m.drawparallels(np.arange(31.2,32.8,0.1), labels=[1,1,0,0])

colors = ['r', 'b', 'k']
styles = ['-', '--', ':']

for k in range(3):
    longitudes = herndon[k][:,'Lon'].values
    latitudes  = herndon[k][:,'Lat'].values
    longitudes, latitudes = m(longitudes, latitudes)
    m.plot(longitudes, latitudes, color=colors[k], lw=3, ls=styles[k])

plt.show() 

As expected they observe a North-Easterly general direction, in occasion showing deviations from the effect of the strong winds.

The advantage of storing all the different steps in these paths becomes apparent if we need to perform some further study—and maybe filtering—on the data obtained. We could impose additional conditions to paths, and use only those filtered according to the extra rules, for example. Another advantage is the possibility of performing different analysis on the paths with very little coding. By issuing the command herndon.loc(axis=0)[:,'Lat'].describe(), we obtain quick statistics on the computed latitudes for all 10000 paths (number of items, mean, standard deviation, min, max and the quartiles of the data).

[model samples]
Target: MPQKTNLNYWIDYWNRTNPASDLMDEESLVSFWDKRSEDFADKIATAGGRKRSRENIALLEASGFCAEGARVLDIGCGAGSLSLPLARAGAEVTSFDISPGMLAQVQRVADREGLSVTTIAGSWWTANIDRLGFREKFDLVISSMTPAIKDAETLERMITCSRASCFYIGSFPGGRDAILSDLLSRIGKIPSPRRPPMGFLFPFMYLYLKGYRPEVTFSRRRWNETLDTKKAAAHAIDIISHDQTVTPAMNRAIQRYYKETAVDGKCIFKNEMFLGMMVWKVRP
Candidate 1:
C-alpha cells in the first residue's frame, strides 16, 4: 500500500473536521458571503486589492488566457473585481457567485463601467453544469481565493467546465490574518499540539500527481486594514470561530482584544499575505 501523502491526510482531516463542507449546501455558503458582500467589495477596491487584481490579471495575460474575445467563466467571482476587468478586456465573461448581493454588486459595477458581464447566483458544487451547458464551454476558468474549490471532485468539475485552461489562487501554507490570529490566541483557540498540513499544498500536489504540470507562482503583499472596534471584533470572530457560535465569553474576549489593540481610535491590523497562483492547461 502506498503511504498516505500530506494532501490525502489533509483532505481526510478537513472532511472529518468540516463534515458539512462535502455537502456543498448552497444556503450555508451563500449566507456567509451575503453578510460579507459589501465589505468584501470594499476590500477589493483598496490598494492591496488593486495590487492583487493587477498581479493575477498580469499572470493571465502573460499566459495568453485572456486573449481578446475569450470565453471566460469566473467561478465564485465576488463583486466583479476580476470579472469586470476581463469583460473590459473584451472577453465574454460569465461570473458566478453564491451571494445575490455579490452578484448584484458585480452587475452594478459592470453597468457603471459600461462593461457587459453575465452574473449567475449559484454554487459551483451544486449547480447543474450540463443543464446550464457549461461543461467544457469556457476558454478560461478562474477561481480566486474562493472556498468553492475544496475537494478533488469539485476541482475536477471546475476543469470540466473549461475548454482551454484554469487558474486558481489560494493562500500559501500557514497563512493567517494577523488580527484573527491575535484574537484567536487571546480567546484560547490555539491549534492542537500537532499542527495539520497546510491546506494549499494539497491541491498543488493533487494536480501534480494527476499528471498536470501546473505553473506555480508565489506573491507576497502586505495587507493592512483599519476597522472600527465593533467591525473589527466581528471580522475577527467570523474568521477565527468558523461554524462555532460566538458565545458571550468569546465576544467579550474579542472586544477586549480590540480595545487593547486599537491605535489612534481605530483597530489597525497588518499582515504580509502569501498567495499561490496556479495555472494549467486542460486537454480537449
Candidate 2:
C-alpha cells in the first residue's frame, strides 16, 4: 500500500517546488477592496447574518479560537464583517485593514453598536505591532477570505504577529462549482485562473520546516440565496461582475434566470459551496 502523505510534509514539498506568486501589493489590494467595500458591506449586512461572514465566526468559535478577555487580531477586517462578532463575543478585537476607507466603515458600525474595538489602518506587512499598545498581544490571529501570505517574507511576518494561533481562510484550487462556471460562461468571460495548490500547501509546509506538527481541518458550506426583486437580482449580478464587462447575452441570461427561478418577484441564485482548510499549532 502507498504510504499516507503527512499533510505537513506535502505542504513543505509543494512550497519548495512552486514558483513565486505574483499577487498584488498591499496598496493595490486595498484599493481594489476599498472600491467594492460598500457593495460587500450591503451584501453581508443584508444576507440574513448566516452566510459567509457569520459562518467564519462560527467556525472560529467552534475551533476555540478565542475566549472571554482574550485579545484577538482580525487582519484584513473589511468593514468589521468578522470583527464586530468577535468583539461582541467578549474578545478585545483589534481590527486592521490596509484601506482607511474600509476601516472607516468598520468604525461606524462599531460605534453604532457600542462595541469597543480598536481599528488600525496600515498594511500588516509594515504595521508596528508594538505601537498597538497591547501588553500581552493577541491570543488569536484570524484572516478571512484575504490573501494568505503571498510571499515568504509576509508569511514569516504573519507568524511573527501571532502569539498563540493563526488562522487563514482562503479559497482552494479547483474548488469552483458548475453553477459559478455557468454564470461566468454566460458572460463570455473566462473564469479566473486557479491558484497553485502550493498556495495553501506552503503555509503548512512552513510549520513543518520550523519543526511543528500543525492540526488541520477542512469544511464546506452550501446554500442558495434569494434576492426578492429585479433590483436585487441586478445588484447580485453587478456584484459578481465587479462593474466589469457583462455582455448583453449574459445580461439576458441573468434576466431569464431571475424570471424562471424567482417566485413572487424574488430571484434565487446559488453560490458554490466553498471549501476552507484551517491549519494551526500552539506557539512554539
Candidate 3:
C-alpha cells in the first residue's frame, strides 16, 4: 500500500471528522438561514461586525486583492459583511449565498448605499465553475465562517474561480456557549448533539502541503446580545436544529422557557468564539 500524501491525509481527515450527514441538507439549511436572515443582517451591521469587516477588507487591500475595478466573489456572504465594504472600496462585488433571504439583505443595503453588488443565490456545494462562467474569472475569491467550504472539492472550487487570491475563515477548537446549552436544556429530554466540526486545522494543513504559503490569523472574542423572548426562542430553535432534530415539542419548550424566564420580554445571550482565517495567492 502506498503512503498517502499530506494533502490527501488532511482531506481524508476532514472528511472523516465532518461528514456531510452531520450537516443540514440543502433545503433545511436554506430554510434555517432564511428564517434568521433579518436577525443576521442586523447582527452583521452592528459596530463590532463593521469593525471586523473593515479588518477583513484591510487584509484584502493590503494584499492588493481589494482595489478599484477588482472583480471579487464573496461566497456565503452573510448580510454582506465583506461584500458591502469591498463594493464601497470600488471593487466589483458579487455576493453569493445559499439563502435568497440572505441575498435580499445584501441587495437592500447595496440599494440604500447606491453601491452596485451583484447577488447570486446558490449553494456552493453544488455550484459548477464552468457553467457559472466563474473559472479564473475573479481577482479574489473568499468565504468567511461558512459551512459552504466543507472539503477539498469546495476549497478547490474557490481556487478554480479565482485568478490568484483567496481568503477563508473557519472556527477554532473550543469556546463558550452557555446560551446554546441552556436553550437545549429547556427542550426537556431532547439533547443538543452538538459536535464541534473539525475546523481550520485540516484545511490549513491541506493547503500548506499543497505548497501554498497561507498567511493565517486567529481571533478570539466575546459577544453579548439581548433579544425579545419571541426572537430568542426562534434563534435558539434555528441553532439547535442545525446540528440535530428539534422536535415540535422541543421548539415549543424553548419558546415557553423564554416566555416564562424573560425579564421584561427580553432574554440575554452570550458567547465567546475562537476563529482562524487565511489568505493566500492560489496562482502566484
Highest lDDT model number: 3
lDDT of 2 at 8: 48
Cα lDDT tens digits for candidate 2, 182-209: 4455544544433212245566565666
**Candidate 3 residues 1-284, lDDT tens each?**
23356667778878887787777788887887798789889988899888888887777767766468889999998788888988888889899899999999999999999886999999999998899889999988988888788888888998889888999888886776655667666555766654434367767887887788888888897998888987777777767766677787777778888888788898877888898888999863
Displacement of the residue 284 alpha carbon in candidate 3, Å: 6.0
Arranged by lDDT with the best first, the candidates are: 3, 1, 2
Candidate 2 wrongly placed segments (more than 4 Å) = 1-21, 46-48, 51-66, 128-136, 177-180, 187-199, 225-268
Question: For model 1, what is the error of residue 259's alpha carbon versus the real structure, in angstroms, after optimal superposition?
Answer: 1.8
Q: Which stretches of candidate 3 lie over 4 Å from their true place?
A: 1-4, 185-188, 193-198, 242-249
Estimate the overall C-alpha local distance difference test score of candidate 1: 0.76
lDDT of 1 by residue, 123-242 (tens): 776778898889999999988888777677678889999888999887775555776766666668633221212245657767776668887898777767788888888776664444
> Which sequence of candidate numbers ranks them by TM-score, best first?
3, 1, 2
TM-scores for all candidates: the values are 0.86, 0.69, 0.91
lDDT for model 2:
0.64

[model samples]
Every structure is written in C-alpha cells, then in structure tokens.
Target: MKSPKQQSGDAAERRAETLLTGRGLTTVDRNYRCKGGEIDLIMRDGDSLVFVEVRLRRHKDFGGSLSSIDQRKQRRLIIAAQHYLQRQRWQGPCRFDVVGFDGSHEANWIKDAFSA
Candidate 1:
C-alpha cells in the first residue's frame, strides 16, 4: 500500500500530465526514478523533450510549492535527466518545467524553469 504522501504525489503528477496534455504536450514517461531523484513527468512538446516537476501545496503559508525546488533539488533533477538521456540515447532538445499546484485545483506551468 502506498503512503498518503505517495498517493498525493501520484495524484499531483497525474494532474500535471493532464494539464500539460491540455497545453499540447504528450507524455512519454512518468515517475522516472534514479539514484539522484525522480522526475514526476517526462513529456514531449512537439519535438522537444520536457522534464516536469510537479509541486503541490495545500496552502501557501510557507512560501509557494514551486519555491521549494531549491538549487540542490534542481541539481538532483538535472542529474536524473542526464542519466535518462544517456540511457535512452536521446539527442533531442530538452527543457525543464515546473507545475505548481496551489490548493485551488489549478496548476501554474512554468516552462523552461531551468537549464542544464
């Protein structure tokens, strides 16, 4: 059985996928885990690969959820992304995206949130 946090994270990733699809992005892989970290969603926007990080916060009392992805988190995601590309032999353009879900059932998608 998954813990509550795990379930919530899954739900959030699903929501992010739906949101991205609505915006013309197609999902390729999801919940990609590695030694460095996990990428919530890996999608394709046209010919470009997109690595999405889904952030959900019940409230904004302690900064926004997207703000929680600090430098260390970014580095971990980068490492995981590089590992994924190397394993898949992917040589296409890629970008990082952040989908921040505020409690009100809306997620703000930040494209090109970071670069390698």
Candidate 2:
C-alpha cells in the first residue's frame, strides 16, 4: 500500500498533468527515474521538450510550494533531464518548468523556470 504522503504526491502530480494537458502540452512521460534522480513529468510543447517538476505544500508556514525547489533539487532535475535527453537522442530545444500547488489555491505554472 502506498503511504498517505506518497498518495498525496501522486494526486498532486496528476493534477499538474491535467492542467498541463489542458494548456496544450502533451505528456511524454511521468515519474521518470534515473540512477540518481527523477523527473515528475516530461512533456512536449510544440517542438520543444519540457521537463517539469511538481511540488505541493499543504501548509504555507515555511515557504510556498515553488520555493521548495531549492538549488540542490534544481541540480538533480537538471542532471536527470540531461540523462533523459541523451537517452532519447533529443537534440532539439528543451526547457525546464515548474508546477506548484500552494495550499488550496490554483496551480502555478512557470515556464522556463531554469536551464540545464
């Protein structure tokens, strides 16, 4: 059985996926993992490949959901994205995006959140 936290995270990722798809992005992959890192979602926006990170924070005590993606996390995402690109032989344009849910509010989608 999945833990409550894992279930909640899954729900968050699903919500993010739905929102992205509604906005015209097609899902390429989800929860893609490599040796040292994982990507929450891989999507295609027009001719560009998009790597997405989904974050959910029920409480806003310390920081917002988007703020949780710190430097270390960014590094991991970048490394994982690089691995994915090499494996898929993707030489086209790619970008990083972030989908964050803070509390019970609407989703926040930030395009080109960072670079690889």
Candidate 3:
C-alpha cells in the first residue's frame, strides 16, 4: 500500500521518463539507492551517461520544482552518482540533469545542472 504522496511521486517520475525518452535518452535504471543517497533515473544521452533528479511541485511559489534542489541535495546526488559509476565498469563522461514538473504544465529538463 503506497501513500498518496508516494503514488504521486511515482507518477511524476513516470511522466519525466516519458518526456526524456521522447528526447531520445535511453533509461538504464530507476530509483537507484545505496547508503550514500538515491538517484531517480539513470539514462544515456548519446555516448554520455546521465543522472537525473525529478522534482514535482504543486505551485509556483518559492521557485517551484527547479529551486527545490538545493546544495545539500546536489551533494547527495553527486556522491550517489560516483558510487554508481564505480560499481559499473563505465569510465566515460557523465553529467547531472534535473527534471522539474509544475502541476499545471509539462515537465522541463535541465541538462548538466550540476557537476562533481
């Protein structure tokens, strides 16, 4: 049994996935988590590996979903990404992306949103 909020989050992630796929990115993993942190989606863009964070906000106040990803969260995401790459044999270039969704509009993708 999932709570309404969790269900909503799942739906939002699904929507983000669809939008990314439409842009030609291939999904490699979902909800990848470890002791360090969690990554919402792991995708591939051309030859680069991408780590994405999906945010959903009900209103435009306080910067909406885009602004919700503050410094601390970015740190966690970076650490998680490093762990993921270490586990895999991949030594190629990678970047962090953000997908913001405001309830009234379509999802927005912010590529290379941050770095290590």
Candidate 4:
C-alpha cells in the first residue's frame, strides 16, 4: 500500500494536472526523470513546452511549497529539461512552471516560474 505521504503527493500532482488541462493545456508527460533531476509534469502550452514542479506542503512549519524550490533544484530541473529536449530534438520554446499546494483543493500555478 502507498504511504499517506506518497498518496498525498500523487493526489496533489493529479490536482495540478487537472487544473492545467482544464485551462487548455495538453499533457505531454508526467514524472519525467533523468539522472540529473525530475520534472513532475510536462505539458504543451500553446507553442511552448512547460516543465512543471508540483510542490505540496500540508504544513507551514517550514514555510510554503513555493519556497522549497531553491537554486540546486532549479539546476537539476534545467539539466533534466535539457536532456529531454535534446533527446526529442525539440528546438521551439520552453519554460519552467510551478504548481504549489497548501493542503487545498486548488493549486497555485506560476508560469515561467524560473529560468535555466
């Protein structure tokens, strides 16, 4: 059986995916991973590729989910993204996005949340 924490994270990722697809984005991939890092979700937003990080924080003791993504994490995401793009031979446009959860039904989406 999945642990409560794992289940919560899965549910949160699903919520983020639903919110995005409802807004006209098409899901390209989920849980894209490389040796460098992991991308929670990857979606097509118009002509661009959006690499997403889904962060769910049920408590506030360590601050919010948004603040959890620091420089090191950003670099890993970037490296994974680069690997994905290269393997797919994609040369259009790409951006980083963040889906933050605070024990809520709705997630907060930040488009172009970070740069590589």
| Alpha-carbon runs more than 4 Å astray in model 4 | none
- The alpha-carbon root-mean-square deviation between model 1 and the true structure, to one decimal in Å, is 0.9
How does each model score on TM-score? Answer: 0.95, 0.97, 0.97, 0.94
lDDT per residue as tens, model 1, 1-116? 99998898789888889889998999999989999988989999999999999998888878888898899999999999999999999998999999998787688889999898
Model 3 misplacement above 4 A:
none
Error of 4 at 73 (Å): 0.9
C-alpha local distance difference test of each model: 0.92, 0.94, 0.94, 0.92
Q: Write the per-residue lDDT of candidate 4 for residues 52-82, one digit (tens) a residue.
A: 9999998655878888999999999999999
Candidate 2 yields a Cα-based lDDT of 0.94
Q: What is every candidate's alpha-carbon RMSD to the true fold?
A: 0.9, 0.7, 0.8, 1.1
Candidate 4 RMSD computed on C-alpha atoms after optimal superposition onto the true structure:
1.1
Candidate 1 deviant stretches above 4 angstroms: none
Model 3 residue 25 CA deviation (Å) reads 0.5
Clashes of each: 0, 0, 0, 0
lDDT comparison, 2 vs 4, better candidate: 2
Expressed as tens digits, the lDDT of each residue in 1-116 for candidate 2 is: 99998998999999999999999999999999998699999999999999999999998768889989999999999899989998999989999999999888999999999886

0          1          2          3          4          5     \
count  14.000000  14.000000  14.000000  14.000000  14.000000  14.000000   
mean   31.474706  31.489831  31.479797  31.551953  31.543533  31.516511   
std     0.058218   0.060026   0.060504   0.060204   0.060290   0.065008   
min    31.388410  31.400693  31.387974  31.457087  31.446786  31.421331   
25%    31.431773  31.439437  31.429712  31.506764  31.498132  31.465424   
50%    31.470768  31.491100  31.481918  31.551521  31.546649  31.510613   
75%    31.515063  31.541353  31.527317  31.599800  31.588251  31.568368   
max    31.571535  31.580176  31.575999  31.641745  31.639944  31.619281   

            6          7          8          9       ...           9990  \
count  14.000000  14.000000  14.000000  14.000000    ...      14.000000   
mean   31.463063  31.515181  31.510682  31.448281    ...      31.541765   
std     0.064530   0.060904   0.064621   0.061350    ...       0.059633   
min    31.369973  31.410879  31.412623  31.353806    ...      31.445757   
25%    31.410827  31.473212  31.460292  31.398931    ...      31.500659